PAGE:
How to Start a Roadside Service

by Katebo - Updated September 26, 2017

A roadside service business requires you to be available 24 hours a day, seven days a week. Customers will need you to unlock their cars, jumpstart dead batteries, bring them gasoline, repair a flat tire or tow them to the closest auto mechanic.

Obtain all the tools of the trade. You will need a reliable tow truck, large gas can, locksmith tools, flat tire repair tools and jumper cables. Of course you must also know how to use these tools or hire someone who does. Or you can subcontract out some of the specialty work such as locksmith work. If you can afford to, purchase a flatbed tow truck so you will be able to service more customers with large vehicles.

Apply for a merchant account online and purchase a credit card machine. Charge set fees for each type of service you offer. Add a surcharge to any late night services. If you hire an employee to cover the late-night shift, take that added expense into consideration when setting your evening surcharge price.

Define your coverage area. Decide what is the farthest you wish to travel to service a customer. If it's 25 miles, then take a map and draw a 25-mile radius circle around your home to define your coverage area.

Check with the local police departments to see if there are any roadside assistance restrictions in force in your coverage area. When you speak to the police, ask how to get on their call list for when they need to call roadside assistance to a scene for an accident.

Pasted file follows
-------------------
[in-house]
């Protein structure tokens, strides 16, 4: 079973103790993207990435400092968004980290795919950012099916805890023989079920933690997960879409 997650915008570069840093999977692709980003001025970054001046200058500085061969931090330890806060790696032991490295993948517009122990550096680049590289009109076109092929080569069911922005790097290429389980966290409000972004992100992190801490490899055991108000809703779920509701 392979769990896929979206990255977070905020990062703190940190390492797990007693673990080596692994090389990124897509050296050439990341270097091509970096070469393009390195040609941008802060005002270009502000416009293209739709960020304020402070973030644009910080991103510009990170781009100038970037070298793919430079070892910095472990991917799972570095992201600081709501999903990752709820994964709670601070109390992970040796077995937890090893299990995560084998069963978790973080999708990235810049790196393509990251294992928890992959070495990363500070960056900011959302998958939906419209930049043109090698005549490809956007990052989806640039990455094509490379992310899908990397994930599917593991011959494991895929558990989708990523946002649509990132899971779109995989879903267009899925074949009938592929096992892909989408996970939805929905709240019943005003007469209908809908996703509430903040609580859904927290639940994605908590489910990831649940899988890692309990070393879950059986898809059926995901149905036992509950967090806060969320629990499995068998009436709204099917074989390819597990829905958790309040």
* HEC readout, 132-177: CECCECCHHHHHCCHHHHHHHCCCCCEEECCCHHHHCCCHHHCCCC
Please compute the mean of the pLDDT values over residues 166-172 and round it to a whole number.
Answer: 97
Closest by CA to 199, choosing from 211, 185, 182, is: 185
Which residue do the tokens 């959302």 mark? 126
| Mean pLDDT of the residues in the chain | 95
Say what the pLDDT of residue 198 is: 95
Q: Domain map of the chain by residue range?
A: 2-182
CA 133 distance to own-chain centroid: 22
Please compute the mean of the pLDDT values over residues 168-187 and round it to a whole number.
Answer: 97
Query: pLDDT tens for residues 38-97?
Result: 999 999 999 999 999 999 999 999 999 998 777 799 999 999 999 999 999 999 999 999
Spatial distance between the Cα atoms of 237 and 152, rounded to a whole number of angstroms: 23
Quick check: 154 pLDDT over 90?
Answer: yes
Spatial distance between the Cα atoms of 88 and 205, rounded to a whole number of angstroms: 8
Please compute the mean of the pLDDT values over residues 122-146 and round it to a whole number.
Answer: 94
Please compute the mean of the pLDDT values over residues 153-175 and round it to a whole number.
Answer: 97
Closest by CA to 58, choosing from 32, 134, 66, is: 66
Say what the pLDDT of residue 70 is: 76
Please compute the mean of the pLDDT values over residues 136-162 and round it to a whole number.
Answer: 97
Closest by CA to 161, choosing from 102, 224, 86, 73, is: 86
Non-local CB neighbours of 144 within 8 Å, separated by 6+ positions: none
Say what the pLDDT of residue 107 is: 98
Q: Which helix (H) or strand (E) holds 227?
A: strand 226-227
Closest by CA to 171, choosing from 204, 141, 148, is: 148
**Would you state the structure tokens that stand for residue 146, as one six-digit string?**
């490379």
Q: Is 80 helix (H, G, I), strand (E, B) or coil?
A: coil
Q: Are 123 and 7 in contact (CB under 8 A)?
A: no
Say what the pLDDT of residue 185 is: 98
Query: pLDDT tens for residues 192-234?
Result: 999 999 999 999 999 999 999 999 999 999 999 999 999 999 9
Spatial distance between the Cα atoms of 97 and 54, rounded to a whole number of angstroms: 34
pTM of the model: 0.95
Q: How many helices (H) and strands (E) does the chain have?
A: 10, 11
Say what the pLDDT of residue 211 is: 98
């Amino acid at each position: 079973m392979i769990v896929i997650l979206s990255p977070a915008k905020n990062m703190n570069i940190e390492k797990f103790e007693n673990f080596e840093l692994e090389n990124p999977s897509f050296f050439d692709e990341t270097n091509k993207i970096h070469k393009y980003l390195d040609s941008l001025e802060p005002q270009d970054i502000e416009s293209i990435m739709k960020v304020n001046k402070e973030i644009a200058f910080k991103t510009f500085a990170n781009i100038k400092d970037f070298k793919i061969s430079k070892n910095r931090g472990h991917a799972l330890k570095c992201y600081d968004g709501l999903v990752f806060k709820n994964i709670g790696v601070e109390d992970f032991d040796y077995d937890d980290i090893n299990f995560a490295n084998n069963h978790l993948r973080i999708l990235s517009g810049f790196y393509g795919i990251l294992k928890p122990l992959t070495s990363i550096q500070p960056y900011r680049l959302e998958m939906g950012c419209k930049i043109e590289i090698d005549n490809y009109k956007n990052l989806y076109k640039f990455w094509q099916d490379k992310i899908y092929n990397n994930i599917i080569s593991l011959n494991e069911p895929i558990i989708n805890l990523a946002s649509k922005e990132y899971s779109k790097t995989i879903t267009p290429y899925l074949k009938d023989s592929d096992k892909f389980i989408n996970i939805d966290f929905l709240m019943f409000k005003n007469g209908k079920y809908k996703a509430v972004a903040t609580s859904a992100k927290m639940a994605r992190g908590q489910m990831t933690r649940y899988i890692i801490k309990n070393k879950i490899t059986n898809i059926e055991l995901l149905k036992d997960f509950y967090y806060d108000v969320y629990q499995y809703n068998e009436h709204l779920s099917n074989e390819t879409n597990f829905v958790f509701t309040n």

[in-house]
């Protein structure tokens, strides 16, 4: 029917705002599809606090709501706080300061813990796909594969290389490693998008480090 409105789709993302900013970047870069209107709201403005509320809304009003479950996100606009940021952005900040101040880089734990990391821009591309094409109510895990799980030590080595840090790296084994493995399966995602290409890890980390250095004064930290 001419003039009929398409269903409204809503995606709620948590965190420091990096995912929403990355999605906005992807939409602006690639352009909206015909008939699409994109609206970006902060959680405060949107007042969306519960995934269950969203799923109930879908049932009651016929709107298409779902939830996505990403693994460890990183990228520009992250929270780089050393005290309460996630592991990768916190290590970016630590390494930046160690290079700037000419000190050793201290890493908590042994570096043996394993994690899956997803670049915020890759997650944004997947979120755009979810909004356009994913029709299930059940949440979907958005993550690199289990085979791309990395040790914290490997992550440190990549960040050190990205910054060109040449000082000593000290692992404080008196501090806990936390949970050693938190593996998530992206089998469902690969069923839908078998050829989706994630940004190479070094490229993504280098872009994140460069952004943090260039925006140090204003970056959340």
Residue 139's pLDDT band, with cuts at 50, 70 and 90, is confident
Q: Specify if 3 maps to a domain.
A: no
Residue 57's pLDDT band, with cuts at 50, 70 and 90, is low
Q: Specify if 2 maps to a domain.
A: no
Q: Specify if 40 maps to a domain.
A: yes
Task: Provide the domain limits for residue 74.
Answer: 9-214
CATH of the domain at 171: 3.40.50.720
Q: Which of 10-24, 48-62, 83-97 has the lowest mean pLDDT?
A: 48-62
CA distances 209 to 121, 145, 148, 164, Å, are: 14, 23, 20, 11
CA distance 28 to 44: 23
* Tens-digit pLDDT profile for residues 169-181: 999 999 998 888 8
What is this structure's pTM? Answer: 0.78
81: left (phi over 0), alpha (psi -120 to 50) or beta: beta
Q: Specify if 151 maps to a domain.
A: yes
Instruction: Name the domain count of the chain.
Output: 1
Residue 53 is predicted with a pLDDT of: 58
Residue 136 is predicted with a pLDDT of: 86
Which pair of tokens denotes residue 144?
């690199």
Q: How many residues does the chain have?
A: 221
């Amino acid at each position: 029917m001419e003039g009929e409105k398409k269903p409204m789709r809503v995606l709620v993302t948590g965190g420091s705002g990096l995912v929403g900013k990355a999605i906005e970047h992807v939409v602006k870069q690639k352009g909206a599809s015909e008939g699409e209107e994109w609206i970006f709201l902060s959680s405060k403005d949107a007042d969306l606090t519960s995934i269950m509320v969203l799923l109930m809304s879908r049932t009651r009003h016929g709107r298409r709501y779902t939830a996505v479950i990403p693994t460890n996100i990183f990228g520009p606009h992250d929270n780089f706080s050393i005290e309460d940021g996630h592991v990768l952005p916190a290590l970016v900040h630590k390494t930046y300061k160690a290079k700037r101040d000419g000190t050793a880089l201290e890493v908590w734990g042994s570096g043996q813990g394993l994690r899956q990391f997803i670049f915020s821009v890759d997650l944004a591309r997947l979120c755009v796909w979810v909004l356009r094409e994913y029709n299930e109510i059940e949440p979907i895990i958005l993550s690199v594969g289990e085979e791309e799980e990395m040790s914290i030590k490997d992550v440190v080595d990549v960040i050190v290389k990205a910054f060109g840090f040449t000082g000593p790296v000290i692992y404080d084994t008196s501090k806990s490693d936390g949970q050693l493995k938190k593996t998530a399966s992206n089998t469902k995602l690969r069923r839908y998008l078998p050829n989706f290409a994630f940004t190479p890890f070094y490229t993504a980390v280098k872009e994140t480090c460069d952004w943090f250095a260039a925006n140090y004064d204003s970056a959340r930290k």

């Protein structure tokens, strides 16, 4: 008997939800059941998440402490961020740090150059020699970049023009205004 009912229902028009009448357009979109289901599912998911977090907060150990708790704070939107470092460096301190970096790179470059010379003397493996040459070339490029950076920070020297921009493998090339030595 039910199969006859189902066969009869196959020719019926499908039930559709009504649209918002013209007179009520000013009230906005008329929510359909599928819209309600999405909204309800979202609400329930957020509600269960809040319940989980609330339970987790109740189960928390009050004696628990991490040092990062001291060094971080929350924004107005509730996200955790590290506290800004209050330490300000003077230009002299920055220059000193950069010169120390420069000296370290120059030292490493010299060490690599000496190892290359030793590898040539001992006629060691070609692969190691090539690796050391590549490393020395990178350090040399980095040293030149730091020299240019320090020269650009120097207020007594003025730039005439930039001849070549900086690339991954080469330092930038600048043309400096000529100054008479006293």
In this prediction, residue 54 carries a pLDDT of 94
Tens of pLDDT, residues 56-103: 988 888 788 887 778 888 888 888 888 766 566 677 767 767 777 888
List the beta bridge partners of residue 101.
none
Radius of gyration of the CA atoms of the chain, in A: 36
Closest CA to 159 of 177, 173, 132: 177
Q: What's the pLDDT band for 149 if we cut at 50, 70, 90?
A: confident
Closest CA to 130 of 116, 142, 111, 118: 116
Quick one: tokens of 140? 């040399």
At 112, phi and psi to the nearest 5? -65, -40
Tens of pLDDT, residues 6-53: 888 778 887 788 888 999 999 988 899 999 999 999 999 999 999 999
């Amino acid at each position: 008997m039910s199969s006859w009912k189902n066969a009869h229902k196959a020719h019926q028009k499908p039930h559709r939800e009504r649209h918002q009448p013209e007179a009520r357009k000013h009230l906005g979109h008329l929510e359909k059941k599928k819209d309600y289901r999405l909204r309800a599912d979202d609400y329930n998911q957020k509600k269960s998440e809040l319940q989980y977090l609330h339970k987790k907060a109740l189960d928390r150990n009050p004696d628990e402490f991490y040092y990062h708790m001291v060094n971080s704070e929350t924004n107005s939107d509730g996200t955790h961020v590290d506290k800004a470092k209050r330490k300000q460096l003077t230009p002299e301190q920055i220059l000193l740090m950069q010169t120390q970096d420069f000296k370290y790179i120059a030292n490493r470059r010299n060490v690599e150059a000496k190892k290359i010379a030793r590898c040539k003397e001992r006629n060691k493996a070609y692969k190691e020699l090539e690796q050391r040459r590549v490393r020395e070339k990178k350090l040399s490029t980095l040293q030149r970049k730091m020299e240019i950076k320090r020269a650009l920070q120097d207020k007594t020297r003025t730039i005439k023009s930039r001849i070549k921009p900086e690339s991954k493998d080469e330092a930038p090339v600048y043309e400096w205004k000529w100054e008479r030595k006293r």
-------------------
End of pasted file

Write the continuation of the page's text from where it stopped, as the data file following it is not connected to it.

Check out your competitors and see how they market themselves or what special services they offer.

Advertise on roadsideservice.com, craigslist.org, the yellow pages and in your local newspaper. You may also consider affiliating yourself with companies like AAA, Allstate Motor Club, or Best Roadside Service.

Set up a business phone number and cell phone dedicated just for business and answer your phone 24 hours a day. If you are in a rural area that doesn't get cell phone reception, you may need to get a CB radio for your driver to communicate with you at your home base as well as a dedicated landline with a business phone number for receiving calls.

Tips

  • Call a small roadside service company in a neighboring city to ask questions about their business. Because you won’t be competitors, you may be able to find a small business owner who will mentor you.

    If you can afford it, consider purchasing a franchise for a quick start-up with less trial and error.

About the Author

Katie B. Marsh is a self-published author, article writer, screenwriter, and inventor. After graduating from South Coast College of Court Reporting, she worked as a congressional and freelance court reporter for eight years. She began her writing career in 2005. Her content may be found on amazon.com, booksforsharing.com, and ezinearticles.com. She completed her first screenplay in October 2009.

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